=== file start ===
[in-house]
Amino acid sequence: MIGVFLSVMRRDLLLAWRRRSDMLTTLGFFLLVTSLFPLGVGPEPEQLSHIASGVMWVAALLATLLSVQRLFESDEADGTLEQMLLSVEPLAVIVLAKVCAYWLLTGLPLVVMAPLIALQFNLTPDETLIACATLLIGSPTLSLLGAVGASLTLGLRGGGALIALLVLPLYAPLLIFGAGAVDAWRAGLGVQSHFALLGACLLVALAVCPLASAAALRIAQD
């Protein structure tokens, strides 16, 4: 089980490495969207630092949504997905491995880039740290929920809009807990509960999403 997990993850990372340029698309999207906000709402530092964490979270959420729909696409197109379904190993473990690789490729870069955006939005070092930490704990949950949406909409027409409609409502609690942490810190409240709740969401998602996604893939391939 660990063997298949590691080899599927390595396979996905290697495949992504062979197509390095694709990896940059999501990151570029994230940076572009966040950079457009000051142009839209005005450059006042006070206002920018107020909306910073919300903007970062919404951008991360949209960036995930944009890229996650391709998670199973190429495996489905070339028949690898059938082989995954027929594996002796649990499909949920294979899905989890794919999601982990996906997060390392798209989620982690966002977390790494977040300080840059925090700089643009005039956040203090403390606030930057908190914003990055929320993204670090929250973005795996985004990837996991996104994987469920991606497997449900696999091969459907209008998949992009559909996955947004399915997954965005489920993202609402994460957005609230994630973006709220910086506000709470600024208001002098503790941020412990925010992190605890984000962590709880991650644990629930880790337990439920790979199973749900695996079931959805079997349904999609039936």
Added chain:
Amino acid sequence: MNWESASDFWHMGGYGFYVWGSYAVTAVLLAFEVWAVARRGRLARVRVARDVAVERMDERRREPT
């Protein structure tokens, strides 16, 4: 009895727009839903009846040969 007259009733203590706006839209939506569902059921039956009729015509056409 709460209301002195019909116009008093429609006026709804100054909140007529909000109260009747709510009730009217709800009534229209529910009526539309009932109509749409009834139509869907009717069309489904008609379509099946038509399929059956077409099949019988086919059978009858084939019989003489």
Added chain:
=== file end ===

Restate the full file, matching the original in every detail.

[in-house]
Amino acid sequence: MIGVFLSVMRRDLLLAWRRRSDMLTTLGFFLLVTSLFPLGVGPEPEQLSHIASGVMWVAALLATLLSVQRLFESDEADGTLEQMLLSVEPLAVIVLAKVCAYWLLTGLPLVVMAPLIALQFNLTPDETLIACATLLIGSPTLSLLGAVGASLTLGLRGGGALIALLVLPLYAPLLIFGAGAVDAWRAGLGVQSHFALLGACLLVALAVCPLASAAALRIAQD
């Protein structure tokens, strides 16, 4: 089980490495969207630092949504997905491995880039740290929920809009807990509960999403 997990993850990372340029698309999207906000709402530092964490979270959420729909696409197109379904190993473990690789490729870069955006939005070092930490704990949950949406909409027409409609409502609690942490810190409240709740969401998602996604893939391939 660990063997298949590691080899599927390595396979996905290697495949992504062979197509390095694709990896940059999501990151570029994230940076572009966040950079457009000051142009839209005005450059006042006070206002920018107020909306910073919300903007970062919404951008991360949209960036995930944009890229996650391709998670199973190429495996489905070339028949690898059938082989995954027929594996002796649990499909949920294979899905989890794919999601982990996906997060390392798209989620982690966002977390790494977040300080840059925090700089643009005039956040203090403390606030930057908190914003990055929320993204670090929250973005795996985004990837996991996104994987469920991606497997449900696999091969459907209008998949992009559909996955947004399915997954965005489920993202609402994460957005609230994630973006709220910086506000709470600024208001002098503790941020412990925010992190605890984000962590709880991650644990629930880790337990439920790979199973749900695996079931959805079997349904999609039936």
Added chain:
Amino acid sequence: MNWESASDFWHMGGYGFYVWGSYAVTAVLLAFEVWAVARRGRLARVRVARDVAVERMDERRREPT
């Protein structure tokens, strides 16, 4: 009895727009839903009846040969 007259009733203590706006839209939506569902059921039956009729015509056409 709460209301002195019909116009008093429609006026709804100054909140007529909000109260009747709510009730009217709800009534229209529910009526539309009932109509749409009834139509869907009717069309489904008609379509099946038509399929059956077409099949019988086919059978009858084939019989003489």
Added chain: